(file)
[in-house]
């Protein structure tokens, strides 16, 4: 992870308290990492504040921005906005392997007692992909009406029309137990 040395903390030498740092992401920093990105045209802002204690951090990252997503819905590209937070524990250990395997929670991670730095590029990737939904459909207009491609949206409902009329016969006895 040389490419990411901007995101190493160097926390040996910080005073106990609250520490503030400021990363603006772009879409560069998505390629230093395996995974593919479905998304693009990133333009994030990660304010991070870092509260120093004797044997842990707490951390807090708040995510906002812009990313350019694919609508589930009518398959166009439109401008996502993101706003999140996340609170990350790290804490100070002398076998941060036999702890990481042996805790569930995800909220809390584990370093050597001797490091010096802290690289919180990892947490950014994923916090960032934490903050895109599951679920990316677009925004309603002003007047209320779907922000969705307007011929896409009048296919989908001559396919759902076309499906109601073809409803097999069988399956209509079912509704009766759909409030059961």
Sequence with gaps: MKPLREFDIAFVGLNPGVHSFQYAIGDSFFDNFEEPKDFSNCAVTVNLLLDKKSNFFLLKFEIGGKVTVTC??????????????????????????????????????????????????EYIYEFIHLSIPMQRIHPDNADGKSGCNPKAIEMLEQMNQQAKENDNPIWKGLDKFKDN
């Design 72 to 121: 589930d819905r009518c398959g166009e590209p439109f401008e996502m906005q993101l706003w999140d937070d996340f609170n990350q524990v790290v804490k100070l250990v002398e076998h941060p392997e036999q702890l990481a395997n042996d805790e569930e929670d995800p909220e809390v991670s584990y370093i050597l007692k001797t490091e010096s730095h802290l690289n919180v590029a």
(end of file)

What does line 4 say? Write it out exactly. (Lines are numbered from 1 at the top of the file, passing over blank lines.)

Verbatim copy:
């Design 72 to 121: 589930d819905r009518c398959g166009e590209p439109f401008e996502m906005q993101l706003w999140d937070d996340f609170n990350q524990v790290v804490k100070l250990v002398e076998h941060p392997e036999q702890l990481a395997n042996d805790e569930e929670d995800p909220e809390v991670s584990y370093i050597l007692k001797t490091e010096s730095h802290l690289n919180v590029a």